Sorry but all the petrol cars have a dsg dry clutch pack. The gearbox has fill and drain plugs but no normal oil replacement is specified. As the clutch is not runnig in the oil it doesn't get contaminated as do the wet clutch ones like in my diesel car.My Yeti needed a clutch pack replacing. I had it done at around 14k miles but, looking back, the signs were there from when I bought it second hand with only 6k miles on the clock.
Mine is a 1.2 DSG 16 plate, but definitely isn't a dry clutch - it needs oil changes and has the usual oil filler cap and dipstick.
The wet clutches are inherrently reliable and can do huge mileages. Should outlast the rest of the car.As the power is taken up the clutch plates move towards each other, but it is shear in the oil between the plates which transmits the power between the plates moving at different speeds. The plates don't touch until both are running at the same speed, so virtually no wear occurs.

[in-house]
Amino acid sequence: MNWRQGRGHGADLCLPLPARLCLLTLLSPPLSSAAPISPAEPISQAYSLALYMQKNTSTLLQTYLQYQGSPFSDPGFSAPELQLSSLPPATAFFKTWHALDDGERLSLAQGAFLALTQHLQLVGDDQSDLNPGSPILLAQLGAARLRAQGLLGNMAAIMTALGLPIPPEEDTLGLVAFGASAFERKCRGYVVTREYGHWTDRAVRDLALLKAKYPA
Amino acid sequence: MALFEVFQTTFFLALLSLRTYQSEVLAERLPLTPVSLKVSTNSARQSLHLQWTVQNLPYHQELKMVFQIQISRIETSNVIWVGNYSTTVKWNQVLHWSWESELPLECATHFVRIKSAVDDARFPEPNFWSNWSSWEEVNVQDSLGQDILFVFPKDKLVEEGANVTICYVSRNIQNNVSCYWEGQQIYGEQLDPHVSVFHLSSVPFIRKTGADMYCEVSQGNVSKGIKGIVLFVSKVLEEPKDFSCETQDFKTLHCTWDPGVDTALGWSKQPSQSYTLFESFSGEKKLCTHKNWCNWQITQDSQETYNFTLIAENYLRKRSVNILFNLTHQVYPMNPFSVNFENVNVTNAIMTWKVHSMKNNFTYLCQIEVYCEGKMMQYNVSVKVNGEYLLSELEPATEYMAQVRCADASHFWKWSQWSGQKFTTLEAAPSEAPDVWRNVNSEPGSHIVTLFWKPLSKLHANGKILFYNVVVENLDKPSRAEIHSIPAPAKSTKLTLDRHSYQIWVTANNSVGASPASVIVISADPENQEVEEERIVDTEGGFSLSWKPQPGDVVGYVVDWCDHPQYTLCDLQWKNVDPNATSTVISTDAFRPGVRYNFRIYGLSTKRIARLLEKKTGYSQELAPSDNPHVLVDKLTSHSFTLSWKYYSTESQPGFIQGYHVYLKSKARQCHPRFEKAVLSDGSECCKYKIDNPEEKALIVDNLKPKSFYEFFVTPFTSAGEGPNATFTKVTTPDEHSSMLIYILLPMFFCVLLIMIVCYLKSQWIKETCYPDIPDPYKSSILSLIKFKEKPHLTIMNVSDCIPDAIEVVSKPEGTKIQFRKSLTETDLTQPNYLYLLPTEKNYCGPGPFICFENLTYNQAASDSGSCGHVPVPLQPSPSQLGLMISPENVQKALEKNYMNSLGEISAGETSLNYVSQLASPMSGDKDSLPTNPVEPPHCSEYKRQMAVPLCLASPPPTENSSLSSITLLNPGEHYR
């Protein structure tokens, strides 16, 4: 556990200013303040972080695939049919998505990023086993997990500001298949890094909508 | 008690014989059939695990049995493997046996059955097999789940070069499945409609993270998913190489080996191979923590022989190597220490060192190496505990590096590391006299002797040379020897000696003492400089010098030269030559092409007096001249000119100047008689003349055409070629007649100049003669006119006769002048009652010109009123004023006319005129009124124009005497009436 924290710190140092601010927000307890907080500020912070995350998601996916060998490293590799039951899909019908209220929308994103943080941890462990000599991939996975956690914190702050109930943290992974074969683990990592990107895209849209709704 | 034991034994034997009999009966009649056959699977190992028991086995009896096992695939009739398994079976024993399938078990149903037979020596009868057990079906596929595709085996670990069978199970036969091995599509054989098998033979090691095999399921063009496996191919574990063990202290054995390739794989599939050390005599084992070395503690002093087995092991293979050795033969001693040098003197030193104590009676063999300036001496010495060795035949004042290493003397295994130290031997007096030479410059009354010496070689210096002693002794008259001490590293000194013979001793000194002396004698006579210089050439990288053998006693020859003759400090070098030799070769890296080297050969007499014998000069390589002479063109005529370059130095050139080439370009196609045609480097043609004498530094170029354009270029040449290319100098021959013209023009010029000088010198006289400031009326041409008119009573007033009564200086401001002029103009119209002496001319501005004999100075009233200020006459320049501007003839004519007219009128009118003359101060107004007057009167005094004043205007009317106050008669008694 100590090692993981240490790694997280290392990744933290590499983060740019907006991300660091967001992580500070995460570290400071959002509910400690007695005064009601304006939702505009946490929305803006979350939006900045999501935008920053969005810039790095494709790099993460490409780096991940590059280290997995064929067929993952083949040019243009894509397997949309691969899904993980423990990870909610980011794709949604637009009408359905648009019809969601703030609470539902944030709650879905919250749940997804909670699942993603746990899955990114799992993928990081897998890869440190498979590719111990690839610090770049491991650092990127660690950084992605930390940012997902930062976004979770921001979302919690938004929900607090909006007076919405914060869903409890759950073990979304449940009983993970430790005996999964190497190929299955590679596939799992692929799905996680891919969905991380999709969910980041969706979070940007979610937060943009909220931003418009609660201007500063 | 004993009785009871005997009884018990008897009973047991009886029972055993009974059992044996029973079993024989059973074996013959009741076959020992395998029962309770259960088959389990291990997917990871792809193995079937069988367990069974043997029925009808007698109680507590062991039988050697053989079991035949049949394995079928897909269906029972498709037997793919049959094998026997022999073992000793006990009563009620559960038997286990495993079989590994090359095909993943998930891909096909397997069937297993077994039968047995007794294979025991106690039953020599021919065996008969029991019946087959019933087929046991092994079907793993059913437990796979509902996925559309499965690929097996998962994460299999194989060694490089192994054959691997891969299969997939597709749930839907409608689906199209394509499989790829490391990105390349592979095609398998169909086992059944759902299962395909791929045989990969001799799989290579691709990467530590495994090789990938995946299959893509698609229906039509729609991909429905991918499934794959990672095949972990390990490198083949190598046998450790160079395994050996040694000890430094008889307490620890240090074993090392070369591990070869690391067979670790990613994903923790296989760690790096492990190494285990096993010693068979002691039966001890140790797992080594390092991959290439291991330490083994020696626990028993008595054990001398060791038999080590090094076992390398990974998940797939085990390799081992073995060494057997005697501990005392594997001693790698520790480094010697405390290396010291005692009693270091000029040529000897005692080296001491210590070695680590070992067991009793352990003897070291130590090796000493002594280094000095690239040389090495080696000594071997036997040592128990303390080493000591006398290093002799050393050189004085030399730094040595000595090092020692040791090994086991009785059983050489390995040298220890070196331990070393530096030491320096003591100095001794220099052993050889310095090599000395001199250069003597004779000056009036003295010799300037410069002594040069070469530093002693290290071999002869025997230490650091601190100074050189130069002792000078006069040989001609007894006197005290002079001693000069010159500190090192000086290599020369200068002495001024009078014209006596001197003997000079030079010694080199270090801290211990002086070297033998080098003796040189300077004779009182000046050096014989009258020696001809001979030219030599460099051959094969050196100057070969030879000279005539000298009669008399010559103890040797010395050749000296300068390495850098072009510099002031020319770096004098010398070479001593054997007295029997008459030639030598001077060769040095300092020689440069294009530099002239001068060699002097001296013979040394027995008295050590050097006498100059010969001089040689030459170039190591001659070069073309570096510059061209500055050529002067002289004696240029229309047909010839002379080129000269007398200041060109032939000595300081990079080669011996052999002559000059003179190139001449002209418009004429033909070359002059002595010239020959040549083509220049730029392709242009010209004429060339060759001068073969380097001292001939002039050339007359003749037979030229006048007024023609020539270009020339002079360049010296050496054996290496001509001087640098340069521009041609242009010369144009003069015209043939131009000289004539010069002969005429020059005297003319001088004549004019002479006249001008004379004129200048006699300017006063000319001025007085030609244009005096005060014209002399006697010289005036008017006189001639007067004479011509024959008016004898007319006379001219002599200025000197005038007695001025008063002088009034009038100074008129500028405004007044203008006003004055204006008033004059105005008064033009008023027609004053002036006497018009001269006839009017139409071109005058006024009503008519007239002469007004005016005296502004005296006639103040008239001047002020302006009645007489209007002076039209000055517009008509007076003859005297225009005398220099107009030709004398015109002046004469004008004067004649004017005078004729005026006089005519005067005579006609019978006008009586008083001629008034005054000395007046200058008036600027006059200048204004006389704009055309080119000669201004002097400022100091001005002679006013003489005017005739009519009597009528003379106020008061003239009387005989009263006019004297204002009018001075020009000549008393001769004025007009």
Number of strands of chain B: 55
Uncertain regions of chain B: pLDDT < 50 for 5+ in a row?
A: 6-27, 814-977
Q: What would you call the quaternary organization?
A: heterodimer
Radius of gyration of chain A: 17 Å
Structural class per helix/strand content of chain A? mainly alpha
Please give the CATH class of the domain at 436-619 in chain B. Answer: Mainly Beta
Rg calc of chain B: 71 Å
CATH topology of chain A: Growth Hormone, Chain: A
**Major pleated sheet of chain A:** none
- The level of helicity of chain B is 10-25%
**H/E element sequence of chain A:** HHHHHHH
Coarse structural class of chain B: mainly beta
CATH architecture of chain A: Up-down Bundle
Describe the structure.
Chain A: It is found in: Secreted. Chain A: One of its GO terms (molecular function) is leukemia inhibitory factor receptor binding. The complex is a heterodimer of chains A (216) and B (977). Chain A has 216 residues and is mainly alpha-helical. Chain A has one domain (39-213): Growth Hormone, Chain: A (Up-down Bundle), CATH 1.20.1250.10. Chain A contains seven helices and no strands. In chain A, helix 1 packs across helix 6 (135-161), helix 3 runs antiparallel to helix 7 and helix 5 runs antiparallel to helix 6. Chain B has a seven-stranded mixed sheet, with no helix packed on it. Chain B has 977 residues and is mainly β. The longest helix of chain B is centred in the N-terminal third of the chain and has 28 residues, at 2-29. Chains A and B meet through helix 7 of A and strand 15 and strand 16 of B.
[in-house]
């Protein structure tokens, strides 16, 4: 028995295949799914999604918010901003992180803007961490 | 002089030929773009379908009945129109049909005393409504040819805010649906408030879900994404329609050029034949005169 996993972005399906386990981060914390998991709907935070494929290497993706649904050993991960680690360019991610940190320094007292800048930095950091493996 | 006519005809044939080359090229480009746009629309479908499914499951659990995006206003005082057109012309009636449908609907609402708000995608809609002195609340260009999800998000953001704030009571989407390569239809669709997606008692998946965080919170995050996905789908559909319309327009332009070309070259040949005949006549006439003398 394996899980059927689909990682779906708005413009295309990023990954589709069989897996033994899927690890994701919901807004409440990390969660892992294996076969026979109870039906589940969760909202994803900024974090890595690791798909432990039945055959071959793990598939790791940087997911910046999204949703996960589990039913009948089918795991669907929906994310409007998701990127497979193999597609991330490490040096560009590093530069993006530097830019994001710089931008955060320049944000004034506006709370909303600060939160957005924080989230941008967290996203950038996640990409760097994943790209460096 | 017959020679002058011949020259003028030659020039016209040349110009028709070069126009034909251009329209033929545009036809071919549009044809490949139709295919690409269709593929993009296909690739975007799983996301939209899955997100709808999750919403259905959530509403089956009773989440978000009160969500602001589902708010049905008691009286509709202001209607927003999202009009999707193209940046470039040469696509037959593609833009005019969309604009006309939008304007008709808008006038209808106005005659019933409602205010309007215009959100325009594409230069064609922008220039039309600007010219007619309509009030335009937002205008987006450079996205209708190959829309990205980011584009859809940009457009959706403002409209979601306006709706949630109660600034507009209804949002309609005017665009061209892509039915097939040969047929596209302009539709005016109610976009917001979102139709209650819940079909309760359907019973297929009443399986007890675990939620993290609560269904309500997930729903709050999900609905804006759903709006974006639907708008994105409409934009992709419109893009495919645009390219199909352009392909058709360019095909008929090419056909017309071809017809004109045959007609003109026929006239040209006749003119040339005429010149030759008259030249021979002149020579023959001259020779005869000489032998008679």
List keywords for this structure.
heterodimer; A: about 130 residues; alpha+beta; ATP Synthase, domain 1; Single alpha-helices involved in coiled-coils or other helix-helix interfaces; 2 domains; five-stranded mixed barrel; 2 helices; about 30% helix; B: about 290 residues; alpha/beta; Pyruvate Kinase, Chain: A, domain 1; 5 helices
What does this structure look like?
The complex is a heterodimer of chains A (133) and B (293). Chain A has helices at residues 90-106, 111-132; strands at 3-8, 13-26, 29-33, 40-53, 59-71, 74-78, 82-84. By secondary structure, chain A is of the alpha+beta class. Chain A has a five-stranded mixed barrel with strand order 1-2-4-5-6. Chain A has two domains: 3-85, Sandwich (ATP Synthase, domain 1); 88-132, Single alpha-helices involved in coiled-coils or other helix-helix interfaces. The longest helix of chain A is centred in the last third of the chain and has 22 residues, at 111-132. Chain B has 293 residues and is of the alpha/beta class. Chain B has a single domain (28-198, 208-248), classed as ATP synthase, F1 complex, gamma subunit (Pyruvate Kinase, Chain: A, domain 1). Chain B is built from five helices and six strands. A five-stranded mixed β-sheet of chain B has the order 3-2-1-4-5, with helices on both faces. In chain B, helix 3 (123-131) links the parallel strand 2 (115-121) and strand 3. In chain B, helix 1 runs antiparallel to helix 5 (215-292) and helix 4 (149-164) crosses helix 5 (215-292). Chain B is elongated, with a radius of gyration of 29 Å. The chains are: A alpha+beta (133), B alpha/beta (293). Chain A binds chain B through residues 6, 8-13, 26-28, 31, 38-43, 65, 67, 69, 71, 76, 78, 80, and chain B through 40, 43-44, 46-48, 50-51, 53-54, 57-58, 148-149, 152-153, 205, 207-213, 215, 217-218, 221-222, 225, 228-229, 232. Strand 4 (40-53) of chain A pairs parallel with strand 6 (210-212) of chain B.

In the dry clutch petrol cars, which you have, drive is transmitted as it would be in a manual clutch by them coming together and one rubbing against the other until both going at the same speed and locked together. This wears out the clutch pack just like on a manual car. It has a life expectancy and will have to be replaced at some point.
The dry clutch pack will be worn out by incorrect use very quickly. EG handbrake on at a junction with the gearbox in S, D, or reverse, and brake released. (I have seen Skodas own delivery drivers doing this when beign given a lift to work whilst my car is serviced!!) I also think the coasting function in the mfd should be turned off. I don't like having no engine braking if I take my foot off the accelerator, and that adds thousands of clutch operations which can be avoided, as it immediately re-engages drive if the brake or accelerator is touched